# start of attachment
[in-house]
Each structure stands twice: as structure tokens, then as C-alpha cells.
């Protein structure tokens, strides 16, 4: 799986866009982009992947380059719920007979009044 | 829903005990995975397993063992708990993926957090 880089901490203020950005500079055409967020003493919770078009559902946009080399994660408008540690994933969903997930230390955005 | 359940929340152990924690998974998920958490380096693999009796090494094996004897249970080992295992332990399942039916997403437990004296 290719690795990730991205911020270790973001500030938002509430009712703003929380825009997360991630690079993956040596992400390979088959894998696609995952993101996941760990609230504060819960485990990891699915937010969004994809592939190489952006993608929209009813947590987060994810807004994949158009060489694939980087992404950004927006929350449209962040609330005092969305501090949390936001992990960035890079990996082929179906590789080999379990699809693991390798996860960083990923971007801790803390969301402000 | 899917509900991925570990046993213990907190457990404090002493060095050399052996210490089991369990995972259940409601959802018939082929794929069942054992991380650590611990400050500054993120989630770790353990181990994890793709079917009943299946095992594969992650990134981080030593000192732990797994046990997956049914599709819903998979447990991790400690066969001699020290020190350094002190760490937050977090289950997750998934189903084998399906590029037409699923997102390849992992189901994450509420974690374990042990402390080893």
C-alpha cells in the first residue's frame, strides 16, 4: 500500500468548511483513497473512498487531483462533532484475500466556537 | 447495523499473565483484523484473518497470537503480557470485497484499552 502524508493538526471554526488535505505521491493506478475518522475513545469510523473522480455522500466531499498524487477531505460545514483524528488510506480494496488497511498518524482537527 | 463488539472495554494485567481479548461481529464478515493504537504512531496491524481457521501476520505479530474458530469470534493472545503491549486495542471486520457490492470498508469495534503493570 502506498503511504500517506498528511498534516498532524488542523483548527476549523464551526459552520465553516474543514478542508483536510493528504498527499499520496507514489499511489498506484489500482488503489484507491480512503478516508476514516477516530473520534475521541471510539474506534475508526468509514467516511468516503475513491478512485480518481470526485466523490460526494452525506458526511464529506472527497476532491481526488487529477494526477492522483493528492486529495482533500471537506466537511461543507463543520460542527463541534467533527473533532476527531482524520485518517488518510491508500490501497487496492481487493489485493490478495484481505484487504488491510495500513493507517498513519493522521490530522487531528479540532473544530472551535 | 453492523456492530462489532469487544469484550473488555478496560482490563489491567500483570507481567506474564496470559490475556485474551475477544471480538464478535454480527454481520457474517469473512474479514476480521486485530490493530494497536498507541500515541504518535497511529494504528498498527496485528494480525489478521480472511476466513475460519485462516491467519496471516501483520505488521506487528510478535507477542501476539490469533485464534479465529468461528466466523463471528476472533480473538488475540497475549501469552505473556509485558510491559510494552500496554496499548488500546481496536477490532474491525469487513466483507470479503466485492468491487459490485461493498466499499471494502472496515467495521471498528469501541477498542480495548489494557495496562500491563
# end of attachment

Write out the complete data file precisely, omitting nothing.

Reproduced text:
[in-house]
Each structure stands twice: as structure tokens, then as C-alpha cells.
């Protein structure tokens, strides 16, 4: 799986866009982009992947380059719920007979009044 | 829903005990995975397993063992708990993926957090 880089901490203020950005500079055409967020003493919770078009559902946009080399994660408008540690994933969903997930230390955005 | 359940929340152990924690998974998920958490380096693999009796090494094996004897249970080992295992332990399942039916997403437990004296 290719690795990730991205911020270790973001500030938002509430009712703003929380825009997360991630690079993956040596992400390979088959894998696609995952993101996941760990609230504060819960485990990891699915937010969004994809592939190489952006993608929209009813947590987060994810807004994949158009060489694939980087992404950004927006929350449209962040609330005092969305501090949390936001992990960035890079990996082929179906590789080999379990699809693991390798996860960083990923971007801790803390969301402000 | 899917509900991925570990046993213990907190457990404090002493060095050399052996210490089991369990995972259940409601959802018939082929794929069942054992991380650590611990400050500054993120989630770790353990181990994890793709079917009943299946095992594969992650990134981080030593000192732990797994046990997956049914599709819903998979447990991790400690066969001699020290020190350094002190760490937050977090289950997750998934189903084998399906590029037409699923997102390849992992189901994450509420974690374990042990402390080893």
C-alpha cells in the first residue's frame, strides 16, 4: 500500500468548511483513497473512498487531483462533532484475500466556537 | 447495523499473565483484523484473518497470537503480557470485497484499552 502524508493538526471554526488535505505521491493506478475518522475513545469510523473522480455522500466531499498524487477531505460545514483524528488510506480494496488497511498518524482537527 | 463488539472495554494485567481479548461481529464478515493504537504512531496491524481457521501476520505479530474458530469470534493472545503491549486495542471486520457490492470498508469495534503493570 502506498503511504500517506498528511498534516498532524488542523483548527476549523464551526459552520465553516474543514478542508483536510493528504498527499499520496507514489499511489498506484489500482488503489484507491480512503478516508476514516477516530473520534475521541471510539474506534475508526468509514467516511468516503475513491478512485480518481470526485466523490460526494452525506458526511464529506472527497476532491481526488487529477494526477492522483493528492486529495482533500471537506466537511461543507463543520460542527463541534467533527473533532476527531482524520485518517488518510491508500490501497487496492481487493489485493490478495484481505484487504488491510495500513493507517498513519493522521490530522487531528479540532473544530472551535 | 453492523456492530462489532469487544469484550473488555478496560482490563489491567500483570507481567506474564496470559490475556485474551475477544471480538464478535454480527454481520457474517469473512474479514476480521486485530490493530494497536498507541500515541504518535497511529494504528498498527496485528494480525489478521480472511476466513475460519485462516491467519496471516501483520505488521506487528510478535507477542501476539490469533485464534479465529468461528466466523463471528476472533480473538488475540497475549501469552505473556509485558510491559510494552500496554496499548488500546481496536477490532474491525469487513466483507470479503466485492468491487459490485461493498466499499471494502472496515467495521471498528469501541477498542480495548489494557495496562500491563